"If someone writes that the coach's future is at risk, the president doesn't have to respond to that by showing confidence.

"I'm the first to know what Laporta thinks. At this club you need to win trophies, and despite the changes and the economic situation at the club, we're here at a final and we want to win it; speculation isn't important."

This will be the fourth meeting between the sides this season, with Barca winning both LaLiga clashes and Athletic securing a dramatic 3-2 triumph in the Supercopa de Espana in January. 

Pep Guardiola had a simple message for the fans after becoming Barcelona head coach in 2008: "Fasten your seatbelts."

In April 2011, the Catalan press recalled that promise of excitement as they previewed a once-in-a-generation event: four matches between Barcelona and Real Madrid, with three trophies at stake, in 17 days. A Clasico World Series. A defining run of fixtures where winning was everything and losing was unimaginable, with each side dreaming of celebrating a treble and terrified of watching the other do the same.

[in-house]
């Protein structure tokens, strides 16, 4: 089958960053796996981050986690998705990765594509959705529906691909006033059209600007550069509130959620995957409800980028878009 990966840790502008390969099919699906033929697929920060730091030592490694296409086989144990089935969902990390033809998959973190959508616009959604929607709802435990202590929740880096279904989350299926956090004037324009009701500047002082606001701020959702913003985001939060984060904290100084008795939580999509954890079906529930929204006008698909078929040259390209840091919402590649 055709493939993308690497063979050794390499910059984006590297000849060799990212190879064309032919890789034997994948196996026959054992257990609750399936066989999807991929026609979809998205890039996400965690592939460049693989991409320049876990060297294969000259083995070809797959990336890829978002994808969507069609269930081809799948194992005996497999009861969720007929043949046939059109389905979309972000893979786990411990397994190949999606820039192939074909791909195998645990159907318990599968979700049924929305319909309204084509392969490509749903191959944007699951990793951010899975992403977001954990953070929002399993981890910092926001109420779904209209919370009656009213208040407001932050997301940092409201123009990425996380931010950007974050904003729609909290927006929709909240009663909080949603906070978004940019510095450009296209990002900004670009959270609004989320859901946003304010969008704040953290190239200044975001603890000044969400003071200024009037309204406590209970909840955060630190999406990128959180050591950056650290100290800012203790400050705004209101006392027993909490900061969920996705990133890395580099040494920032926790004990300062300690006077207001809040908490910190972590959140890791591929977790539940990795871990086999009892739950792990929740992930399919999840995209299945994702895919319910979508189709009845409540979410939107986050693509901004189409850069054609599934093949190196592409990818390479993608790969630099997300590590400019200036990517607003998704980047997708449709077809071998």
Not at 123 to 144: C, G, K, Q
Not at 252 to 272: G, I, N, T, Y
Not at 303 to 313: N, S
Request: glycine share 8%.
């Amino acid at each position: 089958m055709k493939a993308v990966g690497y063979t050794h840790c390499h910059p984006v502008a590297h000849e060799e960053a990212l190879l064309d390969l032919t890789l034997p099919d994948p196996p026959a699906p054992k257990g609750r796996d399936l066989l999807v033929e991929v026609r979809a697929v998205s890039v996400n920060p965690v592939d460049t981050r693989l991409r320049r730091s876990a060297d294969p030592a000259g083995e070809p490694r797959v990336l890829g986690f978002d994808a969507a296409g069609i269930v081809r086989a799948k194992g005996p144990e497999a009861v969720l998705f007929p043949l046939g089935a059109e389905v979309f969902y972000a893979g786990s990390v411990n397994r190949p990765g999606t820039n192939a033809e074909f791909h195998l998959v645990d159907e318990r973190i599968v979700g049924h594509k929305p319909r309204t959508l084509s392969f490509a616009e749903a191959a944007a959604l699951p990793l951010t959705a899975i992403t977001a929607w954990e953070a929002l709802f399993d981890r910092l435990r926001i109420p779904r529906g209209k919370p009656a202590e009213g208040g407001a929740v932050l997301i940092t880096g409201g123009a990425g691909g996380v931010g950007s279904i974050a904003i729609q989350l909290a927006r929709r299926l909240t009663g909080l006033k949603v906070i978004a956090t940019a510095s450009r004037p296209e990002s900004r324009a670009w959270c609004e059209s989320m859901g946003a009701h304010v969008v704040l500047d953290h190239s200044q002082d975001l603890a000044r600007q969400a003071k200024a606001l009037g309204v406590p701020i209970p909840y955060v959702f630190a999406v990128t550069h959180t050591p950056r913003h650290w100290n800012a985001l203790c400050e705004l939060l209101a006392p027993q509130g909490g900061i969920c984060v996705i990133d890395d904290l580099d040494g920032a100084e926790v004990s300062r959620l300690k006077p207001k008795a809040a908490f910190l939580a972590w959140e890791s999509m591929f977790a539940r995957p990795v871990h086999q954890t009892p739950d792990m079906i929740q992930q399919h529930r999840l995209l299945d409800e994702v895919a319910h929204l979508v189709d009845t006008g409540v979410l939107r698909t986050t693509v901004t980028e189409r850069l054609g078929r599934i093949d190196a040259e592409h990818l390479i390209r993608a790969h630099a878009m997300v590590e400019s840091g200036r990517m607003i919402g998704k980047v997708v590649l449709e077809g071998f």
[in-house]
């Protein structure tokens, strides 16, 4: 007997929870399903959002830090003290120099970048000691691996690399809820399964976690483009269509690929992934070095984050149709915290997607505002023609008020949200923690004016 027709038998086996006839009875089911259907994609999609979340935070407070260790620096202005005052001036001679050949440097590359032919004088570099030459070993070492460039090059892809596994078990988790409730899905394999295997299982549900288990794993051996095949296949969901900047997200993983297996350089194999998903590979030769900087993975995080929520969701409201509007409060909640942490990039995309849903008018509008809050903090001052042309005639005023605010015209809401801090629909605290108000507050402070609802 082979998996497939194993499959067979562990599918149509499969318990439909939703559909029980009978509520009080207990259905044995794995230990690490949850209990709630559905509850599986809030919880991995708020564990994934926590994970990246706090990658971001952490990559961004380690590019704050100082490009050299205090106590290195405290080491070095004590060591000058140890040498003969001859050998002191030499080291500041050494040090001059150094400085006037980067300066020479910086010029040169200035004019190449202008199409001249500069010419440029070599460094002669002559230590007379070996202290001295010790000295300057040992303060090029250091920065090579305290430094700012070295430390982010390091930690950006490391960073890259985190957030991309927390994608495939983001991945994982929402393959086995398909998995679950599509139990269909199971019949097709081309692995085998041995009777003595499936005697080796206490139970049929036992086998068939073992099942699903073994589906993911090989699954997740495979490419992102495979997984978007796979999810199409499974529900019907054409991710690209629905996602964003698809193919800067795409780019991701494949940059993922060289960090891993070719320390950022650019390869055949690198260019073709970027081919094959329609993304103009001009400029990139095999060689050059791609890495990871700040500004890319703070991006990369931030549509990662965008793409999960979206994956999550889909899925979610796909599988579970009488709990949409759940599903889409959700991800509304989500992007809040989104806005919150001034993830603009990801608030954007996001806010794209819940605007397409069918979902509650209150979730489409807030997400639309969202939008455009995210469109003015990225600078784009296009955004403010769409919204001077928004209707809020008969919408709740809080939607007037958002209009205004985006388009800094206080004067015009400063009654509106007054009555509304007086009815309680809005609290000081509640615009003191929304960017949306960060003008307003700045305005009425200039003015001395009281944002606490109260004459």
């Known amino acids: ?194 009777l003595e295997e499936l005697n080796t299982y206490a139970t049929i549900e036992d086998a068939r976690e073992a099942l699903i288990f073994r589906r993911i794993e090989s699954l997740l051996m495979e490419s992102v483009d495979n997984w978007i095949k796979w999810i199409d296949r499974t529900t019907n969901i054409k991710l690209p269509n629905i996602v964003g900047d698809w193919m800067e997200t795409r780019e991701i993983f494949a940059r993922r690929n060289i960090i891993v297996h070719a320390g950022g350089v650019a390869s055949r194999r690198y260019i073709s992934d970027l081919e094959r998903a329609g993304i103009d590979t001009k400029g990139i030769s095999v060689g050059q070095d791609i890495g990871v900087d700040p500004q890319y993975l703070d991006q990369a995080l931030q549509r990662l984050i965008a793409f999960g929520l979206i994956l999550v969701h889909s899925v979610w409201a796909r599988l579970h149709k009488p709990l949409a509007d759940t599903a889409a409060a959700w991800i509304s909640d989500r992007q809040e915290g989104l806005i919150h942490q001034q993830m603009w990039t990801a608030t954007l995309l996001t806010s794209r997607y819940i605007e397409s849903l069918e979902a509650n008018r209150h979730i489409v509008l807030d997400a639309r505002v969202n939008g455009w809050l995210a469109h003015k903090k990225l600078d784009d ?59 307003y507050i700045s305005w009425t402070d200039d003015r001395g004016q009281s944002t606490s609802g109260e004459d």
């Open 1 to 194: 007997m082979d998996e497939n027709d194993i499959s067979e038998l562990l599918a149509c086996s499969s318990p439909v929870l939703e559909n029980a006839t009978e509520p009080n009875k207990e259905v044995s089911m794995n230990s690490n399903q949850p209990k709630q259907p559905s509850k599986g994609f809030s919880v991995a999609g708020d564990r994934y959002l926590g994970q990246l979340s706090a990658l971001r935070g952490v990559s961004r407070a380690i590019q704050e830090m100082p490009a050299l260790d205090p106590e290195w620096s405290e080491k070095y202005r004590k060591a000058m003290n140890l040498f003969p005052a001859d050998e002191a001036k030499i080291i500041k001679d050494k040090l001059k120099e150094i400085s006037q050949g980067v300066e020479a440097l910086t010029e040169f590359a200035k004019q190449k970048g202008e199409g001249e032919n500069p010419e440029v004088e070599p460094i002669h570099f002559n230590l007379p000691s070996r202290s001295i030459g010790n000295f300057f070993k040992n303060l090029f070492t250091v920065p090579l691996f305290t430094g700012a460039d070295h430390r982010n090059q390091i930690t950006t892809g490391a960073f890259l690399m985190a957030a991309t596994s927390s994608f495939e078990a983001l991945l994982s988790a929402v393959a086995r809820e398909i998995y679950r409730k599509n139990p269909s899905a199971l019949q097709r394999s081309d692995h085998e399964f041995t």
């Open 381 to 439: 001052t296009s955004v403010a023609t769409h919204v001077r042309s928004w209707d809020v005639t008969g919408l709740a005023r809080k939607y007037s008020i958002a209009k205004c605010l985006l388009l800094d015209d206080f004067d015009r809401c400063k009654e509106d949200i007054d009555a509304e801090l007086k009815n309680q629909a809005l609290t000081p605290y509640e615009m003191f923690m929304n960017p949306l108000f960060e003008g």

More like fasten your bandoliers. This was war.

On one side, the Barca of Guardiola, the man taking the coaching world by storm in his first senior post-playing job. A team built from La Masia, boasting some of the academy's greatest ever products: Victor Valdes, Carles Puyol, Gerard Pique, Sergio Busquets, Xavi, Andres Iniesta, Lionel Messi. With the ball on their 'carousel', they were the pinnacle of possession-based attacking play, proof that technical accomplishment could triumph over brute force. They were chasing a second treble in three seasons, and under Guardiola, they had never lost a final.